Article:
Sunday Spot with Tyreis Holder
Sun 31 July 2022
Past event

A young child taking part in an art workshop

Join us for a free workshop for families! Our Art & Play team will lead a fun session designed by artist Tyreis Holder experimenting with twisting, plaiting and braiding textiles to creative a large collaborative sculpture.

Suitable for children aged 5–12 years with their parents and carers.  

If you have any old textiles or clothing at home, you are welcome to bring them along to the workshop to incorporate into the sculpture.

ABOUT
Sunday Spot is a programme of free workshops that take place on the last Sunday of the month. Sessions are self-directed and designed for families with children aged 5-12 years old. The space is supported by the SLG’s Art and Play team.

From June to November sessions will be led by Sunday Spot Artist in Residence Tyreis Holder. Tyreis’ workshops will explore generational and personal healing, unpicking authoritative roles, interconnectivity, mental health and mindfulness through a range of ‘family journaling’ and textiles activities. The residency will culminate in the creation of a collaborative textile installation and play space.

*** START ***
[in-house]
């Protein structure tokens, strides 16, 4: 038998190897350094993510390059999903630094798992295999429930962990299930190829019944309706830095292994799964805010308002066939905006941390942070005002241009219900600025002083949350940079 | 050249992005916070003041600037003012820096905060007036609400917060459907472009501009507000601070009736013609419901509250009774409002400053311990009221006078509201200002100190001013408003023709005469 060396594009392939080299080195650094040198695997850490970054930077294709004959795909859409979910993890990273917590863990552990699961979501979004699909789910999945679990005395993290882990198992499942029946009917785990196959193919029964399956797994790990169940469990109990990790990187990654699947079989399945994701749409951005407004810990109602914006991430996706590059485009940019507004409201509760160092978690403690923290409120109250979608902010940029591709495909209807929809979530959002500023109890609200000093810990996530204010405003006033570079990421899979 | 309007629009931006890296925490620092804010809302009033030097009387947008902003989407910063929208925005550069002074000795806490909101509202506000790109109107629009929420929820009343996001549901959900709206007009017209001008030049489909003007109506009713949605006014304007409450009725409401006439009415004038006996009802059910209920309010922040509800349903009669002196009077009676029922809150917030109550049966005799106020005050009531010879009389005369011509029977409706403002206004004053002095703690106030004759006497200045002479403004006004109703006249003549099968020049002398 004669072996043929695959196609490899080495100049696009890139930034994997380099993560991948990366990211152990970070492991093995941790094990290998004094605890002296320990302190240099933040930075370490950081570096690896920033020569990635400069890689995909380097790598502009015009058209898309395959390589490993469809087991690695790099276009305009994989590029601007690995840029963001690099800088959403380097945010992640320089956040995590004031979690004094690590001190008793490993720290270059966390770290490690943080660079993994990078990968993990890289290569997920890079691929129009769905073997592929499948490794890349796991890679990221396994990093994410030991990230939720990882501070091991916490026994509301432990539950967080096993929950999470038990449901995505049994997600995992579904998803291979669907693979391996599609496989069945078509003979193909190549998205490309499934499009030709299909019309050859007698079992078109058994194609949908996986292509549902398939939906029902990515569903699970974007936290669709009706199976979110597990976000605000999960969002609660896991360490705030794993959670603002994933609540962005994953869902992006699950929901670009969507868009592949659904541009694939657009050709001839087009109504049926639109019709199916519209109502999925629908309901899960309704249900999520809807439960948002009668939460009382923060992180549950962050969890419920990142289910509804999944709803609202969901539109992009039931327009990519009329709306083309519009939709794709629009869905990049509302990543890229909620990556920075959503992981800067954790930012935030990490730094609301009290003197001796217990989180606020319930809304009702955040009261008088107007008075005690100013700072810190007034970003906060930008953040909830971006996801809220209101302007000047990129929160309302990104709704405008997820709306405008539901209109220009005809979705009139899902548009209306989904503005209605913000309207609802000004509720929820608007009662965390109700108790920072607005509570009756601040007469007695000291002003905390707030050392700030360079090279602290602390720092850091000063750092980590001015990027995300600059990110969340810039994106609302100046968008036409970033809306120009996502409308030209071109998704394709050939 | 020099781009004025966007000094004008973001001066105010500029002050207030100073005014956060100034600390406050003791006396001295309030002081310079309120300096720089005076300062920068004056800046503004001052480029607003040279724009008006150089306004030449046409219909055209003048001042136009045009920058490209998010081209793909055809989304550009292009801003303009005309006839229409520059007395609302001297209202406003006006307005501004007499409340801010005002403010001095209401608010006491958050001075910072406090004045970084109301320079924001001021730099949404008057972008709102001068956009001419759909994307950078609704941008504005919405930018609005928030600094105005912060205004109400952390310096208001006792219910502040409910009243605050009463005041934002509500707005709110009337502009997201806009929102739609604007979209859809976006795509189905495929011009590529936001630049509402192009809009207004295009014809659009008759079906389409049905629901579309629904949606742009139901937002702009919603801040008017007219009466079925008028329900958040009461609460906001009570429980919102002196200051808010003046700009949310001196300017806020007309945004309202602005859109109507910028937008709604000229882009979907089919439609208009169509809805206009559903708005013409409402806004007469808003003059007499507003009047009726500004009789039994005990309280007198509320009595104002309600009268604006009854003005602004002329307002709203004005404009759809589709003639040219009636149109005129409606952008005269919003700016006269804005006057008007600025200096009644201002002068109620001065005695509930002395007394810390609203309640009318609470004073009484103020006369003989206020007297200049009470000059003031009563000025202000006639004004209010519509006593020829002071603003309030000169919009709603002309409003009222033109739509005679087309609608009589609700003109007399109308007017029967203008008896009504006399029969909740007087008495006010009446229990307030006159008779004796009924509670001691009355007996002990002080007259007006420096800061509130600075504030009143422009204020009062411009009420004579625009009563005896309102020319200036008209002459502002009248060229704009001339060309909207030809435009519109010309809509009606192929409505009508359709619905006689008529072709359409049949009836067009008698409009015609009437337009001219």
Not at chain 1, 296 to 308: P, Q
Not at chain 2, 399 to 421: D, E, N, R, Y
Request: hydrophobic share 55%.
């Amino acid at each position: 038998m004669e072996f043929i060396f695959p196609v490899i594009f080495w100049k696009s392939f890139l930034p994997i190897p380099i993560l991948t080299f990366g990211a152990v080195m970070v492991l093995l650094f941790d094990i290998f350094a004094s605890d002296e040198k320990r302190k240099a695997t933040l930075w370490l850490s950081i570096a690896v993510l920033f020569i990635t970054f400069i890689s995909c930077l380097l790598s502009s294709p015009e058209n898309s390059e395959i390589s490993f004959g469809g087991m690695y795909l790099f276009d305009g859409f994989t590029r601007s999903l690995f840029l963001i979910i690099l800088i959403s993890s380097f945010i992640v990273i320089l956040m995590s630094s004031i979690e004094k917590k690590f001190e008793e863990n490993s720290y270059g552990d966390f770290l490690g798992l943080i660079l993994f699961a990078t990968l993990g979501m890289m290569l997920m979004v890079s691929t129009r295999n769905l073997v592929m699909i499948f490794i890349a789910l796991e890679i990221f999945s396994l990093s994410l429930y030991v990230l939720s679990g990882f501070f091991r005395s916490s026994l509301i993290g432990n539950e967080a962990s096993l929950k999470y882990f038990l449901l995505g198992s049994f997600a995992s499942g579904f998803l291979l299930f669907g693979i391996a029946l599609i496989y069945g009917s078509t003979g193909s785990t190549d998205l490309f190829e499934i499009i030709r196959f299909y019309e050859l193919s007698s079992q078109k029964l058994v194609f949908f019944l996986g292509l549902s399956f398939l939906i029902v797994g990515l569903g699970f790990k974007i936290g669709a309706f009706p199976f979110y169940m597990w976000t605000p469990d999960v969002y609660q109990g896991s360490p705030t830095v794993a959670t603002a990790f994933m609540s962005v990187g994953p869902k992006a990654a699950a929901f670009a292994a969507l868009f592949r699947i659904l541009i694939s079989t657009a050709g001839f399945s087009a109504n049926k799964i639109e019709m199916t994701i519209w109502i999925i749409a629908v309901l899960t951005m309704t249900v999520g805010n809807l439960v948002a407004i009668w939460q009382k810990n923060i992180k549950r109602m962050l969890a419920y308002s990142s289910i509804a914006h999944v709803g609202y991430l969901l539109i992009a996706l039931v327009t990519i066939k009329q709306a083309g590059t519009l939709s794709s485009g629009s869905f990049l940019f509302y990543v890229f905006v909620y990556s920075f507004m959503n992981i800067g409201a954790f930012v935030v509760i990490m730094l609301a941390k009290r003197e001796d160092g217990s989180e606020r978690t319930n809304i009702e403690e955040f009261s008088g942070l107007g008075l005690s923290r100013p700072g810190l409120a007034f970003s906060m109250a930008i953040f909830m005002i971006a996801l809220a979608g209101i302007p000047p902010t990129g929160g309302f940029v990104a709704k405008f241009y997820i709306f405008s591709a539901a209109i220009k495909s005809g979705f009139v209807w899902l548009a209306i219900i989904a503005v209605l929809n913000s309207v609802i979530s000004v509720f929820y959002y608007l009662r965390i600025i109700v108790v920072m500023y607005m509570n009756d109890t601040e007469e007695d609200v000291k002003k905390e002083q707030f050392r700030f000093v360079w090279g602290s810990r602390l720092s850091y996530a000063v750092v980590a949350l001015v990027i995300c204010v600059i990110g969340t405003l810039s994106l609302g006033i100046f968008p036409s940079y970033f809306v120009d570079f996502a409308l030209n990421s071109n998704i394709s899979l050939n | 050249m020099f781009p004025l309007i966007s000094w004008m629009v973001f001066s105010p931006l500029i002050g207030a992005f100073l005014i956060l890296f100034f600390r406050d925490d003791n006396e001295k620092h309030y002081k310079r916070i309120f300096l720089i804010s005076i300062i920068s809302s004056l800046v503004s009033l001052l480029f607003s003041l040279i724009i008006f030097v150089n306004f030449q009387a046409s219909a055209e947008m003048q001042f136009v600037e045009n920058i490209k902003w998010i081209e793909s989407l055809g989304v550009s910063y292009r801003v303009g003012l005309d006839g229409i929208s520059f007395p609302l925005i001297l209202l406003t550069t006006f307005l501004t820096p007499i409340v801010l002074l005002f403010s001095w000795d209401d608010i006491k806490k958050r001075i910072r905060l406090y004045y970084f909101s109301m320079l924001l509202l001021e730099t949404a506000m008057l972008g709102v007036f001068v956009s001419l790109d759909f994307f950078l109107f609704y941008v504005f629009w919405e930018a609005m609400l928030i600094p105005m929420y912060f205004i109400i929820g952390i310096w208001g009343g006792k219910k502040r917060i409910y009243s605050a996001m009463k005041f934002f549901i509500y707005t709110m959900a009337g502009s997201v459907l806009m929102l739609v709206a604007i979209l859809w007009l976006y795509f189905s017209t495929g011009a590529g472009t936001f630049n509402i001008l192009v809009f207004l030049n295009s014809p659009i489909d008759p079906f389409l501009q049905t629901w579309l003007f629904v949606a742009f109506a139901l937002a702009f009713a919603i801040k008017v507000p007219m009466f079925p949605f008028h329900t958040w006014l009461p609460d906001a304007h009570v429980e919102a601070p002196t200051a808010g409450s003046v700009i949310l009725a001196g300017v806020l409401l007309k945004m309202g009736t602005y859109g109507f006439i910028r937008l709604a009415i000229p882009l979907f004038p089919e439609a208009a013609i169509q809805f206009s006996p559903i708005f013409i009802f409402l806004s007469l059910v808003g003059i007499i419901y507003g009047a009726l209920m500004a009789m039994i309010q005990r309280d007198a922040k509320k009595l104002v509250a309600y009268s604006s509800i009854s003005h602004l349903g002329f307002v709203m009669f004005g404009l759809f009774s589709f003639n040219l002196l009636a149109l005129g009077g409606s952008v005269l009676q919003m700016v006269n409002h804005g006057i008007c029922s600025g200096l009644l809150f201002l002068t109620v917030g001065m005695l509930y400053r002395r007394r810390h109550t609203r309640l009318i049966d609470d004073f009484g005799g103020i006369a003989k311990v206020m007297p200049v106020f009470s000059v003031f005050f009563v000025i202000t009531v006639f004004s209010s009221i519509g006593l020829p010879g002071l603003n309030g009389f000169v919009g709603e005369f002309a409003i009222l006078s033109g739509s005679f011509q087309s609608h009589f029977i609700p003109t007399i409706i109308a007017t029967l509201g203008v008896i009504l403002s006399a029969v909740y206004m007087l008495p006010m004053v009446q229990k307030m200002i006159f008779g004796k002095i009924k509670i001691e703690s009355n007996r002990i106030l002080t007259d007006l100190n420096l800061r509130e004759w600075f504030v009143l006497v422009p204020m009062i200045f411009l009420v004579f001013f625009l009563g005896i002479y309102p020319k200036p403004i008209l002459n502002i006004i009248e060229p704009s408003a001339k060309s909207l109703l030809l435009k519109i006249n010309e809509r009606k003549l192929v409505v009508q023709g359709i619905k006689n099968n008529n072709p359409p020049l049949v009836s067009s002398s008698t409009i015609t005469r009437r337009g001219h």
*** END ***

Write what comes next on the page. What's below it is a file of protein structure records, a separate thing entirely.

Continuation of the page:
ACCESS  

  • The room is likely to be noisy.  
  • The activity is not seated. Chairs are available upon request.  
  • Ear plugs, ear defenders, magnifying glasses and wheelchairs are all available.  

BOOKING 

  • The workshop is free and drop-in any time from 2-4pm but we ask all visitors to book in advance. 
  • Please book one ticket per family/group through the booking link on this page. 
  • There may be space for people to attend without a booking, however we will prioritise families with tickets. 

BIOGRAPHY
Tyreis Holder is an artist, poet and visual storyteller from south London with heritage reigning from Jamaica / St Vincent. She works in mediums pertaining to installation, textiles, performance, poetry, sculpture and sound. Her practice centres around explorations of self and identity, the relationship with the mind, particularly with regards to navigating colonial spaces. Her work poses textiles as poetic language, functioning as a healing device – specifically in relation to trauma experienced by Black women. Bringing lived experiences into her practice, she generates conversations around how social and intimate spaces are shaped through race, disability/diffability, community, class, sexuality and culture.